As Veteran’s Day approaches, people across the U.S. will reflect on the sacrifices made by men and women who served their country. But while we cherish veterans and revere them for their bravery, many of them are facing a new enemy—elder abuse. Elder abuse is an intentional act or failure to act that causes or creates a risk of harm to an older adult. The definition of an older adult is determined at the state level, but most include adults above the age of 60 and those with disabilities.
According to the U.S. Department of Justice, national studies find that over 10% of older adults are victims of elder abuse annually, and a growing number of military veterans fall into this category. Fifteen percent of the over-60 population are veterans, and according to the National Council on Aging (NCOA), there are over 11 million veterans in the older adult category. These men and women are prime targets for elder abuse, specifically elder financial exploitation, or elder fraud.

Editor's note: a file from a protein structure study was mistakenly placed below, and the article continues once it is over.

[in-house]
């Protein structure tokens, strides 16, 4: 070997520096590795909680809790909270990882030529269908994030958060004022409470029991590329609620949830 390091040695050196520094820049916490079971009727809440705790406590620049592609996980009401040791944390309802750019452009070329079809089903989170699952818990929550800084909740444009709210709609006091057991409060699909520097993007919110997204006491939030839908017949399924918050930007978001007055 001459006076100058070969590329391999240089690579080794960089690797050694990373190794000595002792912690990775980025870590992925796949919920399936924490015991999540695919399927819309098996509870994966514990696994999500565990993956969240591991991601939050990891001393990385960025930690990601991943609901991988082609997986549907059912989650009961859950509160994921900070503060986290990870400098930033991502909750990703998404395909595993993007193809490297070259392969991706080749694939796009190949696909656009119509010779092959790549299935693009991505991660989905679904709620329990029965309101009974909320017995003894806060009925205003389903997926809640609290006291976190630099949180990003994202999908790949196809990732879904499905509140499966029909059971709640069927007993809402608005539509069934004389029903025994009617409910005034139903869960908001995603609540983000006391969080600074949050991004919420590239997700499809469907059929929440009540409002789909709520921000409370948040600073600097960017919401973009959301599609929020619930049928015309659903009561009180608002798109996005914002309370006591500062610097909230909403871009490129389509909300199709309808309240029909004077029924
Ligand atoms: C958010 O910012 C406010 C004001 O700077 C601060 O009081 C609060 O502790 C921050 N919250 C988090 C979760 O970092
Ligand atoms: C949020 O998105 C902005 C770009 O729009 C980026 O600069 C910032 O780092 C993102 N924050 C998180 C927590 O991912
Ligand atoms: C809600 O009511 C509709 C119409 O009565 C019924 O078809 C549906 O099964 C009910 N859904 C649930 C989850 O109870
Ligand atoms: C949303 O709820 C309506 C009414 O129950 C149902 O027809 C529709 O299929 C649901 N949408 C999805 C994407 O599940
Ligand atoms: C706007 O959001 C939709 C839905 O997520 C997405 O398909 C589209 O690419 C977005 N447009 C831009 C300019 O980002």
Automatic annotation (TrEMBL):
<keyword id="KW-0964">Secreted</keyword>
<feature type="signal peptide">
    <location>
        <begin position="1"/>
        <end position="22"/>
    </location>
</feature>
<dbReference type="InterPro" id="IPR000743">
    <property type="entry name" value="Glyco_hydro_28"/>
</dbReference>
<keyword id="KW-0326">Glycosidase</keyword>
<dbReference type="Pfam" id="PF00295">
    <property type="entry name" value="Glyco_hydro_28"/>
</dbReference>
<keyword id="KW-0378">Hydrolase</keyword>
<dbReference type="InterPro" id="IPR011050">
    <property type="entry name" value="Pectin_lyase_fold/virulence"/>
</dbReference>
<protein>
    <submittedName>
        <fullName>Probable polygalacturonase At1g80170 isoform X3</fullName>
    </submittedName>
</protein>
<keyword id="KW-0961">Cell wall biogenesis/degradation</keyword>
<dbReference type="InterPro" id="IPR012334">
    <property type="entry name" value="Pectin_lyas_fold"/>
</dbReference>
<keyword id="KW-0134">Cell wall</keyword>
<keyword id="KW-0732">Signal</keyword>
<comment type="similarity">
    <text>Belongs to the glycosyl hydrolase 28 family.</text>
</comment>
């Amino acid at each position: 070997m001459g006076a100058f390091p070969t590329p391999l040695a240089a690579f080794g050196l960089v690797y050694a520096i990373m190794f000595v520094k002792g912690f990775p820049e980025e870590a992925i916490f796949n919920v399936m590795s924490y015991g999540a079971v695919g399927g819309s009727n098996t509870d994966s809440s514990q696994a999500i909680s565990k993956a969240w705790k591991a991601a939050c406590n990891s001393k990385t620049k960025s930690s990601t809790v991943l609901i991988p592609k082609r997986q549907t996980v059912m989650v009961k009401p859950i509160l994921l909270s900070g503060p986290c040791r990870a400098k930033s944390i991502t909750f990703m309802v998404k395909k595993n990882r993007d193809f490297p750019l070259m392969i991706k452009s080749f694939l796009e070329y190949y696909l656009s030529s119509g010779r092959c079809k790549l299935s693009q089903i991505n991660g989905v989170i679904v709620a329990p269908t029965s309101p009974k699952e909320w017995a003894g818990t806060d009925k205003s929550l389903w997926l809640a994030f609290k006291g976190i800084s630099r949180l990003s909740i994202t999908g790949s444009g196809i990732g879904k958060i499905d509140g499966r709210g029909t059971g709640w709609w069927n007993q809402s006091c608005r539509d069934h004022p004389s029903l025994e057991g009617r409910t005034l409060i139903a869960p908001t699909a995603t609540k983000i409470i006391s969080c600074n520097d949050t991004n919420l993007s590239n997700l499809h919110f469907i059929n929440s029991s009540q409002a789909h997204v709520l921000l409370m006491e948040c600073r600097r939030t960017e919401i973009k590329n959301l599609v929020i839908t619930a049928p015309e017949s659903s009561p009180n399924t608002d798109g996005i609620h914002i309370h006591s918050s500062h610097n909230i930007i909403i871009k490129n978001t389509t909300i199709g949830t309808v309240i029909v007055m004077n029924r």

Elder fraud occurs when a person misuses or takes the assets of a vulnerable adult for their benefit and:
- Without the explicit knowledge or consent of the individual
- In a manner that deprives the individual of vital financial resources for personal needs
- Using deception, false pretenses, coercion, harassment, duress, and threats to do so
These crimes often significantly impact veterans’ quality of life. The loss of financial stability at an older age is not easily recovered and can even cause a premature end of life.
Elder abuse is an underreported crime for a number of reasons including shame, embarrassment, protection of family members, or lack of mental capacity to report. While the prevalence and characteristics of elder abuse in the veteran population are not known, it is likely that this population is at elevated risk based on the following factors: